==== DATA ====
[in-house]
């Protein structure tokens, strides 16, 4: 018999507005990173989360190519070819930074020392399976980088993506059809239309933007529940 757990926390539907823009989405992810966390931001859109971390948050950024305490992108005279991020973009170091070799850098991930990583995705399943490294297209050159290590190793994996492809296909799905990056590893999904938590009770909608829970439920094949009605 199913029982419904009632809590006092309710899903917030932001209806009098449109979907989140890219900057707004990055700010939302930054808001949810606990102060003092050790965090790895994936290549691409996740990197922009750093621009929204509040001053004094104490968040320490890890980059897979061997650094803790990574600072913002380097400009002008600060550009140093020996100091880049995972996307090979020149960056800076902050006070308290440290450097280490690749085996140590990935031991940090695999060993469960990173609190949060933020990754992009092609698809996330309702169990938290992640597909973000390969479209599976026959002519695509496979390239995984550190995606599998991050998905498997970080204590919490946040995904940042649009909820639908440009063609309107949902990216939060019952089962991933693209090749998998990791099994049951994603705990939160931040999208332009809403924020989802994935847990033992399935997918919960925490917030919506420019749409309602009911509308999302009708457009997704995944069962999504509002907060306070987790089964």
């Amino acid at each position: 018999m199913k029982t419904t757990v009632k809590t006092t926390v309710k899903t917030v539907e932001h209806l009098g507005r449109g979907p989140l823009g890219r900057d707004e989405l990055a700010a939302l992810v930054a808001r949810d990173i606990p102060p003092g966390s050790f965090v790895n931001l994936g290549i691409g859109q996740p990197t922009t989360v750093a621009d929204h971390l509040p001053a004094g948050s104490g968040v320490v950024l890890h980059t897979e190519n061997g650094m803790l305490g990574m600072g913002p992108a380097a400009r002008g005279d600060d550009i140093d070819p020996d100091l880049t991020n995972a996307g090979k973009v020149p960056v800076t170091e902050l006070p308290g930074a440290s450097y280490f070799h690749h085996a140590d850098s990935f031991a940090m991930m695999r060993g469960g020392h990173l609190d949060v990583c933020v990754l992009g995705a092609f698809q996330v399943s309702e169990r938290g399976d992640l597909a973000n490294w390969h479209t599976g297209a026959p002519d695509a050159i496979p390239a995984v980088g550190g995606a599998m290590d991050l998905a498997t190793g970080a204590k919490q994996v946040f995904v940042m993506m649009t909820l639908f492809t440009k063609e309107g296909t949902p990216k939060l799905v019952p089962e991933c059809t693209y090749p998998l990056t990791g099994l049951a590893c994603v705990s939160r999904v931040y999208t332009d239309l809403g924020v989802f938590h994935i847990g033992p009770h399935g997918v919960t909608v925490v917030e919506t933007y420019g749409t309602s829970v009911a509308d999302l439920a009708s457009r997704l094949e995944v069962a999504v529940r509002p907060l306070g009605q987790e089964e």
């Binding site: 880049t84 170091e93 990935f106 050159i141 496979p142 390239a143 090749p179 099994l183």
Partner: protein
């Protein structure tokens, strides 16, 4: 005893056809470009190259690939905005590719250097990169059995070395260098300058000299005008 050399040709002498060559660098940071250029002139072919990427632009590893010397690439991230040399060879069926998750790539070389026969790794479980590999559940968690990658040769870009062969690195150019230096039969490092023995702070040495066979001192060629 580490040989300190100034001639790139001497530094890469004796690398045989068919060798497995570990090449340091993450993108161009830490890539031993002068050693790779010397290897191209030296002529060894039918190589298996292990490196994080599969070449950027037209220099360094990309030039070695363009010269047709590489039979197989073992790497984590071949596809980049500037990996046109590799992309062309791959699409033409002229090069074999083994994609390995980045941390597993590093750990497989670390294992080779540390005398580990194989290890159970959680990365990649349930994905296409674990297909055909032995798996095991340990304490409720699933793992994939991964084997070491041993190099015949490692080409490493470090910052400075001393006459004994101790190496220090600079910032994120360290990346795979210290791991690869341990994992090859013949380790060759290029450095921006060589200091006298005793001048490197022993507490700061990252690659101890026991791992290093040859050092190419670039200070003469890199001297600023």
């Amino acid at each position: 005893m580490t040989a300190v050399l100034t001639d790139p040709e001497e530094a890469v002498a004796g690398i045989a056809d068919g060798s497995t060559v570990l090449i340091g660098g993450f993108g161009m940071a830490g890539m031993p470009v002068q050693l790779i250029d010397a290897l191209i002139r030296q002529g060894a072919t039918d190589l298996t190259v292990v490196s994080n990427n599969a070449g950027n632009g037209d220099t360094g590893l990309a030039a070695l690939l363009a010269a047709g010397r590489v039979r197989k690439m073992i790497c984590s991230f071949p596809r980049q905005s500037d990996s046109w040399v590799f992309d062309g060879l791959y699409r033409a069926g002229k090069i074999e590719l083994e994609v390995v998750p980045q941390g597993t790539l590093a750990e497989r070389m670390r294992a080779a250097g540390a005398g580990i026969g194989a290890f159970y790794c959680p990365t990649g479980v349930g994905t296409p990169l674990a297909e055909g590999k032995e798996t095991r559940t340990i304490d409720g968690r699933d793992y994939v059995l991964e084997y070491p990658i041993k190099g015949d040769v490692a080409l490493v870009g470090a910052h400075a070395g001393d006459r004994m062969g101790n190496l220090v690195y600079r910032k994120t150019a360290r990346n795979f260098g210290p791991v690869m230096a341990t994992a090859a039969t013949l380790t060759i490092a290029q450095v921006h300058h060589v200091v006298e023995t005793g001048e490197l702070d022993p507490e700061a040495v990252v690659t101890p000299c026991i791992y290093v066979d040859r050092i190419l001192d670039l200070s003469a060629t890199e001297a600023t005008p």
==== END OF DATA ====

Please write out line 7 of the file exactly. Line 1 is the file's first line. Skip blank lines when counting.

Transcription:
């Amino acid at each position: 005893m580490t040989a300190v050399l100034t001639d790139p040709e001497e530094a890469v002498a004796g690398i045989a056809d068919g060798s497995t060559v570990l090449i340091g660098g993450f993108g161009m940071a830490g890539m031993p470009v002068q050693l790779i250029d010397a290897l191209i002139r030296q002529g060894a072919t039918d190589l298996t190259v292990v490196s994080n990427n599969a070449g950027n632009g037209d220099t360094g590893l990309a030039a070695l690939l363009a010269a047709g010397r590489v039979r197989k690439m073992i790497c984590s991230f071949p596809r980049q905005s500037d990996s046109w040399v590799f992309d062309g060879l791959y699409r033409a069926g002229k090069i074999e590719l083994e994609v390995v998750p980045q941390g597993t790539l590093a750990e497989r070389m670390r294992a080779a250097g540390a005398g580990i026969g194989a290890f159970y790794c959680p990365t990649g479980v349930g994905t296409p990169l674990a297909e055909g590999k032995e798996t095991r559940t340990i304490d409720g968690r699933d793992y994939v059995l991964e084997y070491p990658i041993k190099g015949d040769v490692a080409l490493v870009g470090a910052h400075a070395g001393d006459r004994m062969g101790n190496l220090v690195y600079r910032k994120t150019a360290r990346n795979f260098g210290p791991v690869m230096a341990t994992a090859a039969t013949l380790t060759i490092a290029q450095v921006h300058h060589v200091v006298e023995t005793g001048e490197l702070d022993p507490e700061a040495v990252v690659t101890p000299c026991i791992y290093v066979d040859r050092i190419l001192d670039l200070s003469a060629t890199e001297a600023t005008p």